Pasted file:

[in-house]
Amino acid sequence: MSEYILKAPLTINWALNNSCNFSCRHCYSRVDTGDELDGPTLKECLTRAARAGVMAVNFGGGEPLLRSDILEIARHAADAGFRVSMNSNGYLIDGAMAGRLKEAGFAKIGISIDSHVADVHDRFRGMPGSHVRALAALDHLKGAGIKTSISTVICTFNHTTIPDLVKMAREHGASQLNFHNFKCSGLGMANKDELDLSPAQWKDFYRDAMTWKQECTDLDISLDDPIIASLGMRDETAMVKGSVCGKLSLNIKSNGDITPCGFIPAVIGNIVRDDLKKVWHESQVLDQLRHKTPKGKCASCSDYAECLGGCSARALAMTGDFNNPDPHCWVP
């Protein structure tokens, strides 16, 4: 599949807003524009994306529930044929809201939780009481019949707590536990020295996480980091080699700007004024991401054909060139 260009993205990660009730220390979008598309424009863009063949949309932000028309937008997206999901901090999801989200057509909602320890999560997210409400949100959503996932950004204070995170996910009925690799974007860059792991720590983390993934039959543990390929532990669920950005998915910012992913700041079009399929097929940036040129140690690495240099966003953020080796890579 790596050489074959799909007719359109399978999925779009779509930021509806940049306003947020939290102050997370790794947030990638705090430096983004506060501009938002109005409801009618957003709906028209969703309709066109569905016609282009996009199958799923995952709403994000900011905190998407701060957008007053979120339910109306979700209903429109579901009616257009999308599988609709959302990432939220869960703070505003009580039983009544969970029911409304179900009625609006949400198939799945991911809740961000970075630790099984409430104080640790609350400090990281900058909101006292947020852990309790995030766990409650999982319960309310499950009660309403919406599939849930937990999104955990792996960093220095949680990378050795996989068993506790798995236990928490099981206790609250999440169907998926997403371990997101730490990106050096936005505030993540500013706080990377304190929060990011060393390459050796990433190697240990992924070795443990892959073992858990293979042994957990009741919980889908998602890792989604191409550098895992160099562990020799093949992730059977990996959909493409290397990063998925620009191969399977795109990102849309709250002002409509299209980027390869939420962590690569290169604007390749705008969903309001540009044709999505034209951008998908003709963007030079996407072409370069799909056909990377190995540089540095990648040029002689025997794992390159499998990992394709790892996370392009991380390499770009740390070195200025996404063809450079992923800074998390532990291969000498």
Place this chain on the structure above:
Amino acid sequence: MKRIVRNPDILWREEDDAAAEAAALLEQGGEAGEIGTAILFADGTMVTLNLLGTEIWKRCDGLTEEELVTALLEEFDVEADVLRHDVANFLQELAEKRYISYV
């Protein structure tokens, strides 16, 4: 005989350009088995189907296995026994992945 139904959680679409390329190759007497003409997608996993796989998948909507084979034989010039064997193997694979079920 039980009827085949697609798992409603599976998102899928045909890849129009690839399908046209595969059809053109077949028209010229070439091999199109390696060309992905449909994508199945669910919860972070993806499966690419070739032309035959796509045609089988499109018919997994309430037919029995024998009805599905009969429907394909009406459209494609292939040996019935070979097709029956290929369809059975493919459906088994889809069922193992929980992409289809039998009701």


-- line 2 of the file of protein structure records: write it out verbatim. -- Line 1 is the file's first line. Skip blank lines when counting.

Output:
Amino acid sequence: MSEYILKAPLTINWALNNSCNFSCRHCYSRVDTGDELDGPTLKECLTRAARAGVMAVNFGGGEPLLRSDILEIARHAADAGFRVSMNSNGYLIDGAMAGRLKEAGFAKIGISIDSHVADVHDRFRGMPGSHVRALAALDHLKGAGIKTSISTVICTFNHTTIPDLVKMAREHGASQLNFHNFKCSGLGMANKDELDLSPAQWKDFYRDAMTWKQECTDLDISLDDPIIASLGMRDETAMVKGSVCGKLSLNIKSNGDITPCGFIPAVIGNIVRDDLKKVWHESQVLDQLRHKTPKGKCASCSDYAECLGGCSARALAMTGDFNNPDPHCWVP